Amanda Houle, PsyD '04Clinical Psychology
Dr. Amanda Houle is now an associate faculty member in the AUNE Department of Clinical Psychology.
The Birth of a Wellness Center:
How Student, Now Alum and Faculty Member, Blended Physical and Mental Health into One Program
In January 2001, while an Antioch University New England PsyD student, Amanda Houle began a major public service project - a mental health program for expectant mothers at Cheshire Medical Center/Dartmouth-Hitchcock Keene. Many years and a lot of hard work later, the Pregnancy Wellness Program is going strong. The program has served hundreds of women each year since its inception.
I started this program because of a passion to serve families in need of support, says Amanda, who is also trained as a doula (one who assists women physically and emotionally during labor). The combination of my training as a doula and in psychology allows me to do family therapy 'in utero' - it's an exciting blend.
Removing the Stigma Associated with Mental Health
One of the most important features of the Pregnancy Wellness Program is its location. Housed within the Obstetrics and Gynecology Clinic at the medical center, patients can see a counselor while they are at the clinic for regular appointments. Another bonus: for the past three years no fee has been charged for the services (a fee scale is being considered for the future).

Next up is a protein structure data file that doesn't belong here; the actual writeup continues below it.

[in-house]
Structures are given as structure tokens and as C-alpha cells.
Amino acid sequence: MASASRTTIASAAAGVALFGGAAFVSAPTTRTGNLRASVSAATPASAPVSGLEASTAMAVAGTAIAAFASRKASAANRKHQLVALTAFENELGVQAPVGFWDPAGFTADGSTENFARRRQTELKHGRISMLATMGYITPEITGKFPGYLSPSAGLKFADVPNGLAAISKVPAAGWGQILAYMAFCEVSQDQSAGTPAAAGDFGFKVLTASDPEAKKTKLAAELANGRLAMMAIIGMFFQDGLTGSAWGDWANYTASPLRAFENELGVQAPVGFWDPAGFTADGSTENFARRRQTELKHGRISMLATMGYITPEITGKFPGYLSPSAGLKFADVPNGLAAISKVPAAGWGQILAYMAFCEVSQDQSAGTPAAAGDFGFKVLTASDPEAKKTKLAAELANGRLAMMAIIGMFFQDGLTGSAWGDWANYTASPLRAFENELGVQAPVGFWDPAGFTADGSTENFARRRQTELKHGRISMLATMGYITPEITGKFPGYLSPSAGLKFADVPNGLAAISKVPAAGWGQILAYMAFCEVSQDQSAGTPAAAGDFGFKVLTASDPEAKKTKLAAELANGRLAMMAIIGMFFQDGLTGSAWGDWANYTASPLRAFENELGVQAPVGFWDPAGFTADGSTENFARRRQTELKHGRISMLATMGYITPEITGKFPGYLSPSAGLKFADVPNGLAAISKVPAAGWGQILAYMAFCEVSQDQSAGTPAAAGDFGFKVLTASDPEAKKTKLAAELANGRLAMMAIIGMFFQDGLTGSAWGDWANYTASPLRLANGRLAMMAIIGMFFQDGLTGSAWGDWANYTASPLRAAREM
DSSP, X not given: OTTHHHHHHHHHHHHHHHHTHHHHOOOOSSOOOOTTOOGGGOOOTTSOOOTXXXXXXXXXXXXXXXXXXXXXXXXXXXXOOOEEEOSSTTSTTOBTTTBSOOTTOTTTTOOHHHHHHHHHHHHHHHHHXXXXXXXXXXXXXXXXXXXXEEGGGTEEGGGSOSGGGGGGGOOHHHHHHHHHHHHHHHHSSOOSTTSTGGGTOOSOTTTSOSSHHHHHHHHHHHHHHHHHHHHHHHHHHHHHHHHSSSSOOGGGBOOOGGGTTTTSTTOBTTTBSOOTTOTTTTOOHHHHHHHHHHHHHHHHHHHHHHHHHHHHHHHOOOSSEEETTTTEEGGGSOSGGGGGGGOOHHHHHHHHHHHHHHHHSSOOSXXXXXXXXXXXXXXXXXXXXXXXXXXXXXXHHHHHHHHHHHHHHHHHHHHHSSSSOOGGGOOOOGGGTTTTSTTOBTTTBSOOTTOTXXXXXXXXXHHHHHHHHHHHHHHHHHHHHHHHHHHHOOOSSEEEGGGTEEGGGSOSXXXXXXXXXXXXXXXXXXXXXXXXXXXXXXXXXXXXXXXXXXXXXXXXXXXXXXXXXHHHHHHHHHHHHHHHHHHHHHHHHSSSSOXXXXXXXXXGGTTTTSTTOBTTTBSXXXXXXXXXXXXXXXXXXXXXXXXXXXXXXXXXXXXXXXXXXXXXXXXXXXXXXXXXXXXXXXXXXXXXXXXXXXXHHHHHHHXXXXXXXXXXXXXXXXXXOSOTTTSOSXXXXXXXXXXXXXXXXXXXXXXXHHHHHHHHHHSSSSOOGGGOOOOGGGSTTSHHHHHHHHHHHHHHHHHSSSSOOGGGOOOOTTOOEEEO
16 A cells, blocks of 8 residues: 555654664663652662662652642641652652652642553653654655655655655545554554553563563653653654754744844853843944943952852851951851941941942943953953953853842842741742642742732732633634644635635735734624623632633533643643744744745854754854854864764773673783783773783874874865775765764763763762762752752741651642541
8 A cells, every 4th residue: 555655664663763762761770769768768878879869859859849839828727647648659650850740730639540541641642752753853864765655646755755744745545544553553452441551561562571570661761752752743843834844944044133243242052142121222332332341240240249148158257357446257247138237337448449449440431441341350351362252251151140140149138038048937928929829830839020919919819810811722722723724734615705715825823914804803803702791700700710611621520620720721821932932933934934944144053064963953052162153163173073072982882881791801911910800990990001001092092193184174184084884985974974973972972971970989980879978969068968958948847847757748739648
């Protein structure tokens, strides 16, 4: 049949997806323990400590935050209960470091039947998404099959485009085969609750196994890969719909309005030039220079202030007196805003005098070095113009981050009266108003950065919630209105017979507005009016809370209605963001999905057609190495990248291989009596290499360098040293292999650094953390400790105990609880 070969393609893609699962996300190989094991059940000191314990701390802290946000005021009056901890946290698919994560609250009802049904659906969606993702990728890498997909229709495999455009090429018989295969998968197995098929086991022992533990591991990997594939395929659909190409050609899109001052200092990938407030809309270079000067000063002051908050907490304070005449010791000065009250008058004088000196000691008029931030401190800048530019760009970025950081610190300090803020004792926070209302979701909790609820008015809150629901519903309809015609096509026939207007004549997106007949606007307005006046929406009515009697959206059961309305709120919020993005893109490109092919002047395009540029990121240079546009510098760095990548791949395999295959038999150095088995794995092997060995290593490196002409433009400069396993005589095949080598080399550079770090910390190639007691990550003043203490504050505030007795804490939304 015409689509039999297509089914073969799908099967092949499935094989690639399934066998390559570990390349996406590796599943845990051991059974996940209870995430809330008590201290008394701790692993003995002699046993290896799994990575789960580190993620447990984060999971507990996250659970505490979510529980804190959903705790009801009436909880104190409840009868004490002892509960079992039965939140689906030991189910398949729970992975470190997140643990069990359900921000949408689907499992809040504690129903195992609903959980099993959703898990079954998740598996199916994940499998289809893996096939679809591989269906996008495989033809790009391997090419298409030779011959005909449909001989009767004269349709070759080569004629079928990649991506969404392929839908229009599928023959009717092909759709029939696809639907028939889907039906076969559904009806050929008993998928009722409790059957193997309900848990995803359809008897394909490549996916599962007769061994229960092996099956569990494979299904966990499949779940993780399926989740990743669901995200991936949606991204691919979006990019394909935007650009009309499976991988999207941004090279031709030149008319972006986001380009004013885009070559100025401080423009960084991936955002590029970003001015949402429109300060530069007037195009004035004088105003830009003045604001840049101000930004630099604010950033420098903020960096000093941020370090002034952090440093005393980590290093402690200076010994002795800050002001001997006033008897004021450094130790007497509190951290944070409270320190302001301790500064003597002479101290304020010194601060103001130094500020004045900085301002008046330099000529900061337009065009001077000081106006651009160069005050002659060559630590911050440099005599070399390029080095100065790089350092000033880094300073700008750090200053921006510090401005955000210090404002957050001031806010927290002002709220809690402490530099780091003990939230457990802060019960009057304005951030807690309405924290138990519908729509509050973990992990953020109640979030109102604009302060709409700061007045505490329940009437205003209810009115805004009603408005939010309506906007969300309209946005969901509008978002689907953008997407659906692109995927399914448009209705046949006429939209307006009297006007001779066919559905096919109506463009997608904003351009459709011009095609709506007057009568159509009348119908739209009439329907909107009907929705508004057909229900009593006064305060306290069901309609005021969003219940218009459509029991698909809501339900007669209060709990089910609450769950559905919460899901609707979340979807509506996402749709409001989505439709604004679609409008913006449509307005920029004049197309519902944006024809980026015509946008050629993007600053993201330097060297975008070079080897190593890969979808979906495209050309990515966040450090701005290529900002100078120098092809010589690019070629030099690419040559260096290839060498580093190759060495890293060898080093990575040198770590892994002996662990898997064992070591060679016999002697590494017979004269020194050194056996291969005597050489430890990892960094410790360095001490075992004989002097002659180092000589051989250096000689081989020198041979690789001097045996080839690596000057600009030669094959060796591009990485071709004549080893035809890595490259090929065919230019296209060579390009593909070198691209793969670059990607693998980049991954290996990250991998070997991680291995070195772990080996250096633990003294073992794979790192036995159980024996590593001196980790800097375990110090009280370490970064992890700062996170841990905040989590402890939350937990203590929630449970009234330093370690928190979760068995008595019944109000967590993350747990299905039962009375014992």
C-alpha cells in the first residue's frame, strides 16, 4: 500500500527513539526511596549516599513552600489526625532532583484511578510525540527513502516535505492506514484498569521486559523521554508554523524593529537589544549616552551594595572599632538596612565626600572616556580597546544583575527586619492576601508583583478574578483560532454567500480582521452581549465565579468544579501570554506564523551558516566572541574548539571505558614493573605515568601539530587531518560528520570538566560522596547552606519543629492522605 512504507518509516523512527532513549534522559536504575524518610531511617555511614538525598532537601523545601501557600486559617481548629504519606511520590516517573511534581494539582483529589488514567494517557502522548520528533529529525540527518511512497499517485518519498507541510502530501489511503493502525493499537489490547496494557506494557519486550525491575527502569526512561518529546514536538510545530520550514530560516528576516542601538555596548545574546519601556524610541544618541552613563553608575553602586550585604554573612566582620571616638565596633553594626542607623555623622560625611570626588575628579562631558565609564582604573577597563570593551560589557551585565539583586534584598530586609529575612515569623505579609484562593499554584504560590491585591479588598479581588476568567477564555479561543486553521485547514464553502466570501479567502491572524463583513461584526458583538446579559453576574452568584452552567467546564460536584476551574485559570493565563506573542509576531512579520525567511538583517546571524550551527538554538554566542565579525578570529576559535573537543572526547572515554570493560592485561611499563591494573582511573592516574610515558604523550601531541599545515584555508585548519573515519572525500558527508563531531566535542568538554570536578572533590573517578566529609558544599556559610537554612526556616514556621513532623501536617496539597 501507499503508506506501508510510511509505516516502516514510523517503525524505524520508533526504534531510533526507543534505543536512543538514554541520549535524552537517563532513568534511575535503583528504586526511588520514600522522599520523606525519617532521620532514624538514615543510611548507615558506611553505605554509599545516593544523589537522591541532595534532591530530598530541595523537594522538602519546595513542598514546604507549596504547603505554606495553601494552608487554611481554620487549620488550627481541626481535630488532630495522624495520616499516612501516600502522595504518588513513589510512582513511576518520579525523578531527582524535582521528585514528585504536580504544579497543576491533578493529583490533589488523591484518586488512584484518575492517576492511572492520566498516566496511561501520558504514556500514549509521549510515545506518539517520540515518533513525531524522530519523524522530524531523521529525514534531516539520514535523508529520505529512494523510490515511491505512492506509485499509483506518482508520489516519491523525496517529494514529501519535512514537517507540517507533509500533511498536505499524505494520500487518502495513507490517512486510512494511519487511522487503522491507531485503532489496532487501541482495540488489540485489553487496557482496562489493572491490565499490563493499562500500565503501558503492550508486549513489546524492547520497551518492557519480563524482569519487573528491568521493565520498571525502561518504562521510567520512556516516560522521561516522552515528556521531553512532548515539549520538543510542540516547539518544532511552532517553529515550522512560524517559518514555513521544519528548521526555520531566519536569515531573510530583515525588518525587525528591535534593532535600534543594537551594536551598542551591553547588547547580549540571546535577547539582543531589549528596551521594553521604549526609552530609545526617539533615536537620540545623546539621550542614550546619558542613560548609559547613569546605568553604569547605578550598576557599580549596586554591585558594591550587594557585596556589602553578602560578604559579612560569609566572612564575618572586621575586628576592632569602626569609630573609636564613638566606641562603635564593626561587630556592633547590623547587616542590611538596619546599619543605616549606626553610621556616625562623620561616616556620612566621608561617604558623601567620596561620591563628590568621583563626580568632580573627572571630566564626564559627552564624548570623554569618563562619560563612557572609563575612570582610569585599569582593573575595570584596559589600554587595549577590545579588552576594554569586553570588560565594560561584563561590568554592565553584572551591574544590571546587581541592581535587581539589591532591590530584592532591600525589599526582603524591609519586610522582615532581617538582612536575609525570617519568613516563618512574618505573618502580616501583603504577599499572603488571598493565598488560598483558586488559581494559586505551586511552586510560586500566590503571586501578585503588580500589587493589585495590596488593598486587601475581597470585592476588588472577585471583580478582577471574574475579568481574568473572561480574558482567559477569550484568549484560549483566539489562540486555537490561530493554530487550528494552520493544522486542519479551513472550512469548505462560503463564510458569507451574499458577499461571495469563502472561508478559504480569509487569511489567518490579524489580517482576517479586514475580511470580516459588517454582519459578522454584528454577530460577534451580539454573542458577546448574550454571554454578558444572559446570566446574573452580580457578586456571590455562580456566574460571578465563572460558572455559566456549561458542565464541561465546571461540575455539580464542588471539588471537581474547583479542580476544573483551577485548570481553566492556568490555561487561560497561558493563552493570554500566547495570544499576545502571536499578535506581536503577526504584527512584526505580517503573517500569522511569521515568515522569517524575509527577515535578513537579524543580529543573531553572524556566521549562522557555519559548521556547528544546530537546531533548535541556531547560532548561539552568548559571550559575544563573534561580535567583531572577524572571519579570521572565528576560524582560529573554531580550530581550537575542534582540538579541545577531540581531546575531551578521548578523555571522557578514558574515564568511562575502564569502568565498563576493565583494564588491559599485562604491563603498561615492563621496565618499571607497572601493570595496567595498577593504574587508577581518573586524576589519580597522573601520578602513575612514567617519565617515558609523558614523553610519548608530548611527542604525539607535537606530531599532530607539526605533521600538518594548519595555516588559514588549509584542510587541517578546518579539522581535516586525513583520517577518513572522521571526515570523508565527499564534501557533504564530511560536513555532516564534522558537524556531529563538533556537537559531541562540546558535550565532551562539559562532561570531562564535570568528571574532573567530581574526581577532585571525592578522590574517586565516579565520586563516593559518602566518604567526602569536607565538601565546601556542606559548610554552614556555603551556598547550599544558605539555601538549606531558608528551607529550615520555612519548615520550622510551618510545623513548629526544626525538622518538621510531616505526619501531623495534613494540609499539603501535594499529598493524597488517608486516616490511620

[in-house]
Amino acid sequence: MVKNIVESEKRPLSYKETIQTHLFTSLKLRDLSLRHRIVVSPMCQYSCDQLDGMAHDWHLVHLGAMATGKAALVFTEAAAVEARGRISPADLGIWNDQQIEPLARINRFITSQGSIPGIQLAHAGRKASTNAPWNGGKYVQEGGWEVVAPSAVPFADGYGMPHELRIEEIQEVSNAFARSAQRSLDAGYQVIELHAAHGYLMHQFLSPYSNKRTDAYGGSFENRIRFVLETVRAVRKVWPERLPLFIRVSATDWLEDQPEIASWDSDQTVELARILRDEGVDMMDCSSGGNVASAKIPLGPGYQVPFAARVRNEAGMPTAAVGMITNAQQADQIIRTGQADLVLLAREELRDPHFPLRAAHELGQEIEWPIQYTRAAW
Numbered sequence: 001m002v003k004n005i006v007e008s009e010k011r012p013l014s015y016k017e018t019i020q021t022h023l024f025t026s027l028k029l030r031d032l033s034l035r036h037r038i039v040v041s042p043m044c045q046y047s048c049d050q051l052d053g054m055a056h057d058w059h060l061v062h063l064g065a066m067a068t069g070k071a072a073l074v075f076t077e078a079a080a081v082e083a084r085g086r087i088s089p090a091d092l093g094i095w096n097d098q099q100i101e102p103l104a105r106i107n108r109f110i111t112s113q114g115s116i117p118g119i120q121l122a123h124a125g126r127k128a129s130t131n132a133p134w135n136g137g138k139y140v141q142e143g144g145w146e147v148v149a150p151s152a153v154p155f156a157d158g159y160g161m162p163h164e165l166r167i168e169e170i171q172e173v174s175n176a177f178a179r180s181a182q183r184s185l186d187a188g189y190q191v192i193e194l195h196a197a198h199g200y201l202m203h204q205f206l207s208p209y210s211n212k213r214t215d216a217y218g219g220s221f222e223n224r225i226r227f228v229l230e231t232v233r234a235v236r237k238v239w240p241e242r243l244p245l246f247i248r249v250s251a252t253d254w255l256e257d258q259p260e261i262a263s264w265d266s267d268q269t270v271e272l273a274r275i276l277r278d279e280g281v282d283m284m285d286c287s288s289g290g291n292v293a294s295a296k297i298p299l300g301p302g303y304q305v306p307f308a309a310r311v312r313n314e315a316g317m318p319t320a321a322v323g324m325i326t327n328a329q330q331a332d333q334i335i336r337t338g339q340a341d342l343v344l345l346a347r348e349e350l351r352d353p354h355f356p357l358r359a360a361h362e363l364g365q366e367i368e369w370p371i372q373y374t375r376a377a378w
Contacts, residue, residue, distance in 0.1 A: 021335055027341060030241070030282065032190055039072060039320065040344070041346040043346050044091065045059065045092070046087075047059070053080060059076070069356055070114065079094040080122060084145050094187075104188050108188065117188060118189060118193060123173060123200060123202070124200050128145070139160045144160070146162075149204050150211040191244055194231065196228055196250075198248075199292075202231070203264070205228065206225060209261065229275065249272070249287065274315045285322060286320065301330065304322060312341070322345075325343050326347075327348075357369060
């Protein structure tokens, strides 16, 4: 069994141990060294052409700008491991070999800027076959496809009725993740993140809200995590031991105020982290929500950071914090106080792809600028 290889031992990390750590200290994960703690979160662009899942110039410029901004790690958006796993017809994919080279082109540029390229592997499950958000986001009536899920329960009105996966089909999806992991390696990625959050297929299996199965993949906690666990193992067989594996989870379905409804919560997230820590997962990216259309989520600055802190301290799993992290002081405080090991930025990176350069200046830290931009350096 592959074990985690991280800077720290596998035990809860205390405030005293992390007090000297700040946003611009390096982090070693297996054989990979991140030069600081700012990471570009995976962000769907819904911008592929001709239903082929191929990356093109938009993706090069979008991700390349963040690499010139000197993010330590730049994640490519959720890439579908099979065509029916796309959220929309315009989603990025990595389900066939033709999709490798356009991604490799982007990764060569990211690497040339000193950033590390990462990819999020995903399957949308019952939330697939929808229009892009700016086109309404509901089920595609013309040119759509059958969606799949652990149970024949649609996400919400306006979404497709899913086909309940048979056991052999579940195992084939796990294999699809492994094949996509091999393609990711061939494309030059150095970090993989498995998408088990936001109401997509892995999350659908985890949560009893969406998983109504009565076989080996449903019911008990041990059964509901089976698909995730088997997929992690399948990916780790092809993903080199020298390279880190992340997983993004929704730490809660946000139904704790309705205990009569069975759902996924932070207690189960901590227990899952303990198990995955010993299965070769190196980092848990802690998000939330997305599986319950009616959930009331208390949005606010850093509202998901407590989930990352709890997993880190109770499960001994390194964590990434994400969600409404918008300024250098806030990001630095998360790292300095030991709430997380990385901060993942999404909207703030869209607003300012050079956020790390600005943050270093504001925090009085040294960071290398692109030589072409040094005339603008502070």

We reach patients who would not seek out counseling, but who appreciate the help they get once they use our services, says Amanda. Offering these services in the OBGYN Clinic removes the stigma of seeking help at a mental health clinic.
The Pregnancy Wellness Program takes a mind-body approach to mental health, looking at the effects of stress on the mind and body during and after pregnancy. Women can take part in individual and couples therapy, smoking cessation programs, community training, and consulting services.
Research Supports Promise of Program
Part of the inspiration behind this program is the fact that there are very few programs like it. It is somewhat of a recent trend for programs to consider mental health alongside physical health as important during pregnancy, says Amanda. Just ten years ago science began supporting the idea that stress and trauma can result in significant complications in pregnancy, labor, delivery, and adjustment after birth.
The Pregnancy Wellness Program is a result of collaboration between the medical and mental health fields and community organizations. Amanda interviewed doctors, midwives, physician's assistants, prenatal coordinators, and mental health professionals to determine what services were most needed and the best way to deliver those services.
Amanda still works at the clinic and is now employed by Dartmouth Medical School of Psychiatry. She is also an associate faculty member in the AUNE Department of Clinical Psychology. AUNE students continue to be placed in the program via professor Victor Pantesco and AUNE's Psychological Services Center.